cir·cle /ˈsərk(ə)l/ / by Christine Olejniczak

#2 in a 4 piece suitcase band

#2 in a 4 piece suitcase band

To draw a line around. “circle the correct answers”

I’ve been thinking about circles. I think about circles a lot. How long has this spinning thing been in my life. There was a time when I would draw circles as a meditative act. I did sound pieces titled “Thinking of You for 5 Minutes”. I would concentrate on one person while I drew a circle over and over again with a timer running.

I’m told by my father that when I was a child – pre-school age – that my version of dancing would be to spin in circles until I would fall down. Immediately after falling I would get up and spin again. These days I hoop dance. For some reason when I have a plastic ring in my hands I feel inspired to make what I’ve come to think of as my signature move. I’m learning to do tricks with names like vortex, tornado, swirl, sparkle and helix.

In the first studio I ever had in graduate school at the Art Institute of Chicago I was compelled to bend over and scribe a circle on the floor with my pencil. A circle that was drawn with me extending my left arm, pencil in hand. I spun around and drew a circle. I must have traced it thirty times before I was satisfied. I stepped out of the circle and took a look. I loved that spot. I loved that drawing. It seemed to be a record of so many things.

Recently I have had the opportunity to observe the change of seasons in ecologies very different from the desert plateau where I live. Pickens, South Carolina in fall of 2014 – Salina, Kansas in spring of 2015. I’ve begun studying the cycle of the seasons in diverse parts of the country. It was a gift to observe the forest change in South Carolina, sometimes over the course of an hour. I watched so many leaves fall that the path back to my cabin would be erased.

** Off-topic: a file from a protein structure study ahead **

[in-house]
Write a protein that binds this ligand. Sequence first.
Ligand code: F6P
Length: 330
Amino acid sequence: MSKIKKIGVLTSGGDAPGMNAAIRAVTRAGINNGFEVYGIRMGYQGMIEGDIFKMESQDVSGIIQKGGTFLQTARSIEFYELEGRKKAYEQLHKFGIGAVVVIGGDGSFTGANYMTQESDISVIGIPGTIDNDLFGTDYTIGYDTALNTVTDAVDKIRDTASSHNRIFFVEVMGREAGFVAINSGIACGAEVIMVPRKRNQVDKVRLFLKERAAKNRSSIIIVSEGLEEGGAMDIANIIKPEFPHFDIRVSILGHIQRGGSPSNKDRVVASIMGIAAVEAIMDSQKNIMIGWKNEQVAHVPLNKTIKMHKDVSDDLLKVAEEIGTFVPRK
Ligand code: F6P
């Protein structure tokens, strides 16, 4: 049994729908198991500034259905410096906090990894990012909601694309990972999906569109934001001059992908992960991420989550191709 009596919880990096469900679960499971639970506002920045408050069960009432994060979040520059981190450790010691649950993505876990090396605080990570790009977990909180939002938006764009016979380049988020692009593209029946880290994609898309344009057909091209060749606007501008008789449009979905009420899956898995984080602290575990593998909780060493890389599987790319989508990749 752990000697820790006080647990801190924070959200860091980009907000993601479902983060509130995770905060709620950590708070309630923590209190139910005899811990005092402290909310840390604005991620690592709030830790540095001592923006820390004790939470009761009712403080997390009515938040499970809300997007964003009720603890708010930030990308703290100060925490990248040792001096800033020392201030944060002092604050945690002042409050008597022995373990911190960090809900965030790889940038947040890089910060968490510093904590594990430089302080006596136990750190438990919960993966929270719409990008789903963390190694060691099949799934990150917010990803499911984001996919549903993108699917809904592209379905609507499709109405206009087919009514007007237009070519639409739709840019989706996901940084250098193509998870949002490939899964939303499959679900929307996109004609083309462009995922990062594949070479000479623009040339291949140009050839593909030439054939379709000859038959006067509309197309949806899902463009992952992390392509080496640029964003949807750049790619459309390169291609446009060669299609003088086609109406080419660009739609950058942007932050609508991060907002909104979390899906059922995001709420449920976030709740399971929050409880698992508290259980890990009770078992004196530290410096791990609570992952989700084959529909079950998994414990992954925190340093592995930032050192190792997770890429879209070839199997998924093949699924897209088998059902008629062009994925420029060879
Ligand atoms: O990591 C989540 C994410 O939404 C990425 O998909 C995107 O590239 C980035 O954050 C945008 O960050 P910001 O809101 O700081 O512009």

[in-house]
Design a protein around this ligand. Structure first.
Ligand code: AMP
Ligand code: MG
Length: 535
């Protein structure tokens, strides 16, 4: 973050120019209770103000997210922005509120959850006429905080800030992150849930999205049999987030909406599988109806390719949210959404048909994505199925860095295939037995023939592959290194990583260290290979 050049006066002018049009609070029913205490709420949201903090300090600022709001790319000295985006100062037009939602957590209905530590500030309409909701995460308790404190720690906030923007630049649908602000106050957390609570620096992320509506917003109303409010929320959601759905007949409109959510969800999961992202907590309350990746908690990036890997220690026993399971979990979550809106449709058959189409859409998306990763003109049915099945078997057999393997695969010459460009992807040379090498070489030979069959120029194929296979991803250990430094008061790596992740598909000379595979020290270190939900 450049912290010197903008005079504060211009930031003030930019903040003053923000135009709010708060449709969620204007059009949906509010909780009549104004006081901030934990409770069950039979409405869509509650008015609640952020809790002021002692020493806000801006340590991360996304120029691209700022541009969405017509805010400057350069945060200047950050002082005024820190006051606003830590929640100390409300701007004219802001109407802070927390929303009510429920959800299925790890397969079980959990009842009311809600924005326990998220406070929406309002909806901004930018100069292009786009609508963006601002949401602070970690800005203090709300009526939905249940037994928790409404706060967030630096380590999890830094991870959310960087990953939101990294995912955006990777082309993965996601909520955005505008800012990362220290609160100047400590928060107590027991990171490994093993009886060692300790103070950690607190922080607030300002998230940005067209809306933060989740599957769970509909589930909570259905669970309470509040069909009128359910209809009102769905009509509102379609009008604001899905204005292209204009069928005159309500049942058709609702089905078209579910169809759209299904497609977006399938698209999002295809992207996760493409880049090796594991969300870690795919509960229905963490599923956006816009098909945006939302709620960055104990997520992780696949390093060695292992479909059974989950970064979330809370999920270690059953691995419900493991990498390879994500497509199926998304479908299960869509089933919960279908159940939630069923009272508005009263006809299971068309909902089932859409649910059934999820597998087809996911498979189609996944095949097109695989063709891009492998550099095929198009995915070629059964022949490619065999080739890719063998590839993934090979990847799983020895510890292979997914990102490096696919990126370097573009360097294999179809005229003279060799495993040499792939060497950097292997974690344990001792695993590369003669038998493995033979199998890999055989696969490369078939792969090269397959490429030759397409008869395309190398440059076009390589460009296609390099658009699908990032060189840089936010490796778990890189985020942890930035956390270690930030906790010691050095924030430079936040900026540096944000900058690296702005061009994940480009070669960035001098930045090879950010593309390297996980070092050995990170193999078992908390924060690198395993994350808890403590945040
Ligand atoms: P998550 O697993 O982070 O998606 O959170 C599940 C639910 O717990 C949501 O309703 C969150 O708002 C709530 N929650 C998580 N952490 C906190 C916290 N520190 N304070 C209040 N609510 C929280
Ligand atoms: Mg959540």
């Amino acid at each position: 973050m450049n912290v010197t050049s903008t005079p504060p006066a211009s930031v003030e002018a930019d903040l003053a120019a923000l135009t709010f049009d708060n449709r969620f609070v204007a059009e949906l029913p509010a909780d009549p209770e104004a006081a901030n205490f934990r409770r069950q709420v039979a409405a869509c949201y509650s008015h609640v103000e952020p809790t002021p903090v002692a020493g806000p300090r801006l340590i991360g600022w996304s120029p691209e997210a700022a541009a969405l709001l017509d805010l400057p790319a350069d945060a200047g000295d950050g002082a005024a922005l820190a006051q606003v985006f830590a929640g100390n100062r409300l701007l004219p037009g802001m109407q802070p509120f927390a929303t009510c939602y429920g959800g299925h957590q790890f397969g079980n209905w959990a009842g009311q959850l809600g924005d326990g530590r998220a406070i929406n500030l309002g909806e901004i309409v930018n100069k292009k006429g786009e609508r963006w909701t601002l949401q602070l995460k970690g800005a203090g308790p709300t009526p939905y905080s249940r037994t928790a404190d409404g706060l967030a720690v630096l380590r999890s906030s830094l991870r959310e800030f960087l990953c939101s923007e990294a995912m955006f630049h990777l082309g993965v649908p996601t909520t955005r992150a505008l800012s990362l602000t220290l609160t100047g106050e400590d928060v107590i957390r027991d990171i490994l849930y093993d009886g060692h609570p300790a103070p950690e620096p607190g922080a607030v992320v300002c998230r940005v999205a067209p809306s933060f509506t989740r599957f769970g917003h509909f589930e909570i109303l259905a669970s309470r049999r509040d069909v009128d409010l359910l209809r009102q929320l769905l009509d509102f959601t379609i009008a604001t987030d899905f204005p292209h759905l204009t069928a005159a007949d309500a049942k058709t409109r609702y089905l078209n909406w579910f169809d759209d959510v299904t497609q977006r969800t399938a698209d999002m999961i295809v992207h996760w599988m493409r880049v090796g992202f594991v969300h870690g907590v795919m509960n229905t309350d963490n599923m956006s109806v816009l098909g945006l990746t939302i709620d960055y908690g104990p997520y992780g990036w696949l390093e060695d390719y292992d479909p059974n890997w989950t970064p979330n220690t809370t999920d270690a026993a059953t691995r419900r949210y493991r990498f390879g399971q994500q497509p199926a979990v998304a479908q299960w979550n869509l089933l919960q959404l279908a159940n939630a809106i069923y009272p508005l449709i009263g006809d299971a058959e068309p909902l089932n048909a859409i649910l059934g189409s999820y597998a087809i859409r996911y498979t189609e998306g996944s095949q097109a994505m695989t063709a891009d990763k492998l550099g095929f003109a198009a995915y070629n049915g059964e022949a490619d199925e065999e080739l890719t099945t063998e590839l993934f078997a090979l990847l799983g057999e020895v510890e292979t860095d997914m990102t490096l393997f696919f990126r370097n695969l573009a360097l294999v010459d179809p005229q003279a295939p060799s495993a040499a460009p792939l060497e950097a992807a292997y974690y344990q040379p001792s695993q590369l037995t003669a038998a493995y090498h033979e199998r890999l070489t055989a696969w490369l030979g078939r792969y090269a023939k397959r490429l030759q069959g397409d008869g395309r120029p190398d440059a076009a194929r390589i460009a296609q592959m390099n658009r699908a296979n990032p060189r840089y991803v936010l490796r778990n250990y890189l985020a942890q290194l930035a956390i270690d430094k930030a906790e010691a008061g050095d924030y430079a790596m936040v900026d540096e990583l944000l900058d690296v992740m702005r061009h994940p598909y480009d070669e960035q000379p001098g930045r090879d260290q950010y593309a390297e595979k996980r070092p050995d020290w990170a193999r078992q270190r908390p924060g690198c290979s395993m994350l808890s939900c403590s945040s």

In Salina I arrived at the end of February during a snowstorm. The snow was drifting across the highway between Wichita and Salina with winds over 20mph. I had to pull over to scrape ice from the wheel wells. When I stopped at the wayside there was only about ¼ inch clearance between the rubber of the tire and the slush that had caked up inside the well. Weeks later I watched wheat poke up through the ground like sticks. By the time I left at the end of April the dogwood trees had already bloomed. One afternoon staring out the window of Ad Astra Coffee Shop I thought the weather had taken a sudden turn for the worse – I was wrong. I thought it was snowing but it was thousands of white petals blowing by.

From Wikipedia: Ensō (円相) is a Japanese word meaning “circle” and a concept strongly associated with Zen. Ensō is one of the most common subjects of Japanese calligraphy even though it is a symbol and not a character. It symbolizes the Absolute enlightenment, strength, elegance, the Universe, and the void; it can also symbolize the Japanese aesthetic itself. As an “expression of the moment” it is often considered a form of minimalist expressionist art.

So much more for me to consider when it comes to thinking about the circle. My art process always starts with drawing and often ends with performance. In between are many small steps. I am picking up in places where I left off. Now feels like the right time for me to be drawing circles everyday, to be expanding the ways I make circles with my body and in my life. The way I make connections to close circuits and strengthen bonds.